Monte Carlo simulation is the process of generating independent, random draws from a specified probabilistic model. When simulating time series models, one draw (or realization) is an entire sample path of specified length N, y_{1}, y_{2},...,y_{N}. When you generate a large number of draws, say M, you generate M sample paths, each of length N.
Note:
Some extensions of Monte Carlo simulation rely on generating
dependent random draws, such as Markov Chain Monte Carlo (MCMC). The |
Some applications of Monte Carlo simulation are:
Demonstrating theoretical results
Forecasting future events
Estimating the probability of future events
Conditional mean models specify the dynamic evolution of a process over time through the conditional mean structure. To perform Monte Carlo simulation of conditional mean models:
Specify presample data (or use default presample data).
Generate an uncorrelated innovation series from the innovation distribution that you specified.
Generate responses by recursively applying the specified AR and MA polynomial operators. The AR polynomial operator can include differencing.
For example, consider an AR(2) process,
$${y}_{t}=c+{\varphi}_{1}{y}_{t-1}+{\varphi}_{2}{y}_{t-2}+{\epsilon}_{t}.$$
Given presample responses y_{0} and y_{–1}, and simulated innovations $${\epsilon}_{1},\dots ,{\epsilon}_{N},$$ realizations of the process are recursively generated:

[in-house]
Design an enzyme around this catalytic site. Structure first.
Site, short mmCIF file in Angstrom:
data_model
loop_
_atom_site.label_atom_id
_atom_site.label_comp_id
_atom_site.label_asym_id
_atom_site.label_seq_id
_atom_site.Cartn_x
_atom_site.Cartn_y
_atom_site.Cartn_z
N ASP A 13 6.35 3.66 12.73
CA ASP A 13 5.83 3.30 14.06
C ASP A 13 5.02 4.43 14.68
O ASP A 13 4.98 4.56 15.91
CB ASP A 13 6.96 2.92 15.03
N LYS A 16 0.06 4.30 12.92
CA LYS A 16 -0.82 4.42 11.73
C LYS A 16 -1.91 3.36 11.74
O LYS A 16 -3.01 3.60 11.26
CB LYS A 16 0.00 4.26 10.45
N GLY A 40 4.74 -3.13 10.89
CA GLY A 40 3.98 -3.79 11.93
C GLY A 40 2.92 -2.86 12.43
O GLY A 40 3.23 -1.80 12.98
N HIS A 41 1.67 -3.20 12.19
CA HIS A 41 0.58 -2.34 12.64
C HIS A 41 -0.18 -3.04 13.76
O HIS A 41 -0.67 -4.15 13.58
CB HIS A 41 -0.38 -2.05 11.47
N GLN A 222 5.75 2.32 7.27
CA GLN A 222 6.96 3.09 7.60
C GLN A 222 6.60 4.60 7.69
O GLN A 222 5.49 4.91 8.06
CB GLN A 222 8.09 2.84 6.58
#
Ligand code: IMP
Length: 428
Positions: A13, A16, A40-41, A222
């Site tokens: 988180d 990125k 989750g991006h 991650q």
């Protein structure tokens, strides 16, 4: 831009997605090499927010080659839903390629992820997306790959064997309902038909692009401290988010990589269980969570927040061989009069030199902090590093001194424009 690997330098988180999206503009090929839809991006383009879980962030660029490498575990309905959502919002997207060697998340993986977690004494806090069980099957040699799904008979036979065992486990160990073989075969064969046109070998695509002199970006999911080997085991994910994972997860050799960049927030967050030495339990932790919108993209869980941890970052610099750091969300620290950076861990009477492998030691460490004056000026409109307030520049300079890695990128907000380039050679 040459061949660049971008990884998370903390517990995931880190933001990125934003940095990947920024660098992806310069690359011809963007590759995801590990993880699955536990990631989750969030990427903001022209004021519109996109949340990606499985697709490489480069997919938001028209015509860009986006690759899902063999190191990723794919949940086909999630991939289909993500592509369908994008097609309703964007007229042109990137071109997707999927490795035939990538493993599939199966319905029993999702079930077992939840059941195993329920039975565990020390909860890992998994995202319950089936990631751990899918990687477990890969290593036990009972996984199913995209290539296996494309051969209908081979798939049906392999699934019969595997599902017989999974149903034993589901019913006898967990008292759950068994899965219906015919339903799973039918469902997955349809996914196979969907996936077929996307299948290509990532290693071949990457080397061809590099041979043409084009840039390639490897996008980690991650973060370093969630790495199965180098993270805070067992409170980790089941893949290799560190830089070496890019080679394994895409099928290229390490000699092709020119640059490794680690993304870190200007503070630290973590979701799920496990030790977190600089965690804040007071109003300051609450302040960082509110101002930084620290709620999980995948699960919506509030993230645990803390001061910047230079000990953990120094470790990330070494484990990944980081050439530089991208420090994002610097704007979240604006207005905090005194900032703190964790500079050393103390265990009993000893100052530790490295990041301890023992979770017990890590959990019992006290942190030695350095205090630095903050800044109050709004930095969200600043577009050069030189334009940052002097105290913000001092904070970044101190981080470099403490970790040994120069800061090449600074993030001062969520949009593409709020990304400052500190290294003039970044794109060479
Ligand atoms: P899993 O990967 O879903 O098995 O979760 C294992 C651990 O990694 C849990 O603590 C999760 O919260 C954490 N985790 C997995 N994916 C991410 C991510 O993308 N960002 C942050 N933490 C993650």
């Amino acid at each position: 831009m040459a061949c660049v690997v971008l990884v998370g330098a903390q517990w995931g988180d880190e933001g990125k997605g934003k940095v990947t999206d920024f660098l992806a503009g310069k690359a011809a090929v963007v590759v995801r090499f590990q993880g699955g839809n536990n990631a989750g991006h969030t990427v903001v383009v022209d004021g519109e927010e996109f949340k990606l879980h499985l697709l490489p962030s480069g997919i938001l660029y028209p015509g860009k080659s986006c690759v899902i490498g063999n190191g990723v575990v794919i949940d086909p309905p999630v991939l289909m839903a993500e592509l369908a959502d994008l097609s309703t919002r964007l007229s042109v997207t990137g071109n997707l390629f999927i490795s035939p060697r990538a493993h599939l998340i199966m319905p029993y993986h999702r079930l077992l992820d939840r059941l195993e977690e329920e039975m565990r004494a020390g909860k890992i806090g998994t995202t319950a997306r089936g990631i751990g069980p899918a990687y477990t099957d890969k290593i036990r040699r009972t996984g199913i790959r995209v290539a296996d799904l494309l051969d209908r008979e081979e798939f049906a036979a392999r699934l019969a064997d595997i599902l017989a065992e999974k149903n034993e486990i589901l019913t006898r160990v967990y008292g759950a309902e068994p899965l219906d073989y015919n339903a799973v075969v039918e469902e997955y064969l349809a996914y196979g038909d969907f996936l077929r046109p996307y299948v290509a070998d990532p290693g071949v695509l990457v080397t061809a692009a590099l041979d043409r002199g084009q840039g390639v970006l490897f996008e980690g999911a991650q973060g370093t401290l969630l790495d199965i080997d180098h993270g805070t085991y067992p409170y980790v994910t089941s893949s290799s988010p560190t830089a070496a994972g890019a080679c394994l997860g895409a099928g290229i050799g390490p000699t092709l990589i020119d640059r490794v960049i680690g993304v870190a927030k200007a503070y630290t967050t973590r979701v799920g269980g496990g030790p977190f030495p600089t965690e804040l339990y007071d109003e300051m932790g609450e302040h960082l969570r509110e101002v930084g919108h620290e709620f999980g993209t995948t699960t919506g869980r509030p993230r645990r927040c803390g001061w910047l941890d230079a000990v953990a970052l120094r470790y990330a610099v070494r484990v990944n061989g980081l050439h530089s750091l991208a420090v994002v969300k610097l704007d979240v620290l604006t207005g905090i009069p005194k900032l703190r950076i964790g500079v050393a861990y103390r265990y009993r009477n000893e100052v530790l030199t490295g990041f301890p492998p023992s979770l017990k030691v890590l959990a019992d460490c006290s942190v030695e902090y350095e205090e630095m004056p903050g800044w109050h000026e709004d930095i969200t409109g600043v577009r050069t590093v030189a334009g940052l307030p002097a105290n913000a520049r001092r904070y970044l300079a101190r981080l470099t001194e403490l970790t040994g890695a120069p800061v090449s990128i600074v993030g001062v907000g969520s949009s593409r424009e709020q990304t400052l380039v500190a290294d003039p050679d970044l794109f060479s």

$${y}_{1}=c+{\varphi}_{1}{y}_{0}+{\varphi}_{2}{y}_{-1}+{\epsilon}_{1}$$
$${y}_{2}=c+{\varphi}_{1}{y}_{1}+{\varphi}_{2}{y}_{0}+{\epsilon}_{2}$$
$${y}_{3}=c+{\varphi}_{1}{y}_{2}+{\varphi}_{2}{y}_{1}+{\epsilon}_{3}$$
$$\vdots $$
$${y}_{N}=c+{\varphi}_{1}{y}_{N-1}+{\varphi}_{2}{y}_{N-2}+{\epsilon}_{N}$$
For an MA(12) process, e.g.,
$${y}_{t}=c+{\epsilon}_{t}+{\theta}_{1}{\epsilon}_{t-1}+{\theta}_{12}{\epsilon}_{t-12},$$
you need 12 presample
innovations to initialize the simulation. By default, simulate
sets
presample innovations equal to zero. The remaining N innovations
are randomly sampled from the innovation process.
Using many simulated paths, you can estimate various features of the model. However, Monte Carlo estimation is based on a finite number of simulations. Therefore, Monte Carlo estimates are subject to some amount of error. You can reduce the amount of Monte Carlo error in your simulation study by increasing the number of sample paths, M, that you generate from your model.
For example, to estimate the probability of a future event:
Generate M sample paths from your model.
Estimate the probability of the future event using the sample proportion of the event occurrence across M simulations,
$$\widehat{p}=\frac{\#\text{\hspace{0.17em}}\text{\hspace{0.17em}}times\text{\hspace{0.17em}}\text{\hspace{0.17em}}event\text{\hspace{0.17em}}\text{\hspace{0.17em}}occurs\text{\hspace{0.17em}}\text{\hspace{0.17em}}in\text{\hspace{0.17em}}\text{\hspace{0.17em}}M\text{\hspace{0.17em}}\text{\hspace{0.17em}}draws}{M}.$$
Calculate the Monte Carlo standard error for the estimate,
$$se=\sqrt{\frac{\widehat{p}(1-\widehat{p})}{M}}.$$
You can reduce the Monte Carlo error of the probability estimate by increasing the number of realizations. If you know the desired precision of your estimate, you can solve for the number of realizations needed to achieve that level of precision.